New Diagnostic Tool For Women Suffering From Abnormal Vaginal Bleeding
New research from the Department of Radiology at Thomas Jefferson University Hospital suggests sonohysterography (SHG), a simple ultrasound technique commonly used to evaluate the uterine cavity, improves the diagnostic capability of transvaginal ultrasound in detecting adenomyosis (a common benign condition of the uterus that causes dysmenorrhea, abnormal vaginal bleeding and pelvic pain).
The study – set to be published in the April issue of the American Journal of Roentgenology – reveals an effective tool with a ‘new sign’ to diagnose adenomyosis; it is a safe alternative to immediate biopsy for women who present with abnormal vaginal bleeding and severe uterine and pelvic pain.
The study included 26 women who underwent sonohysterography and MRI of the pelvis and in whom either modality suggested adenomyosis. Of these 26 women, 23 (88 percent) had SHG findings suggestive of adenomyosis. Three remaining women (12 percent) had adenomyosis identified on MRI performed after sonohysterography. MRI confirmed adenomyosis in 22/23 patients (96 percent).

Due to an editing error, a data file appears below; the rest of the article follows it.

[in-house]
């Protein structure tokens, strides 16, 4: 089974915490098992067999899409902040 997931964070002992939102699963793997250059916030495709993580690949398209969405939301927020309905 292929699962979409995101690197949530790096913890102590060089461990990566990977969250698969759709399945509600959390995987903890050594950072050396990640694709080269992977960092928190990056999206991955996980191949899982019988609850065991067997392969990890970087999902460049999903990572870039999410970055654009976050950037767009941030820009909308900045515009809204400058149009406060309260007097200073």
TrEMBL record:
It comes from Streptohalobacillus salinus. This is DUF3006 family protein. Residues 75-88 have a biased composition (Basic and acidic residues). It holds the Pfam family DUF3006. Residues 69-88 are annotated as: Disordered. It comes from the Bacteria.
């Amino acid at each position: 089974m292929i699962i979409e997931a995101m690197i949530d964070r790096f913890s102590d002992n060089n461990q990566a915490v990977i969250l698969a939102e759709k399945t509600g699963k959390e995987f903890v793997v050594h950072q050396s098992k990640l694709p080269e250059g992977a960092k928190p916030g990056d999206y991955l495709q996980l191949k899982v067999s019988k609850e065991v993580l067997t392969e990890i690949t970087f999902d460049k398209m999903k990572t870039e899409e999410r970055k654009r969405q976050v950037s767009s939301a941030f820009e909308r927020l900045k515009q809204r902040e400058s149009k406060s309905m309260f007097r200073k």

“This study describes the presence of ill-defined areas of fluid intravasation extending from the uterine cavity into the myometrium known as fluid containing tracks or so called ‘myometrial cracks’ on SHG,” said Sachit Verma, M.D., lead author of the study. “Myometrial cracks have not been described previously as a sign of adenomyosis. The tracks, seen in 26% of our cases, become conspicuous as saline seeps through the ‘myometrial cracks’. They are difficult to characterize on standard transvaginal ultrasound. This peculiar appearance was seen in one of our patients on MRI as well,” said Dr. Verma.
Patients often present with symptoms of abnormal bleeding, pelvic pain and infertility which may be due to a uterine fibroid, a polyp, tumor or adenomyosis. MR imaging is expensive and is not always available as a first line investigation to evaluate abnormal bleeding. In addition it is difficult to distinguish lesions in the uterus (myometrium and endometrium) using transvaginal ultrasound alone. SHG then has a role to play in managing these patients.
“Knowledge of ‘myometrial cracks’ will decrease the errors in interpretation and improve patient care so that specific treatment can be instituted,” he said. “This additional information for the referring physician can possibly decrease the number of endometrial biopsies—reducing costs in patient management—in cases where SHG shows no uterine abnormality and adenomyosis is the sole cause of abnormal bleeding,” said Dr. Verma.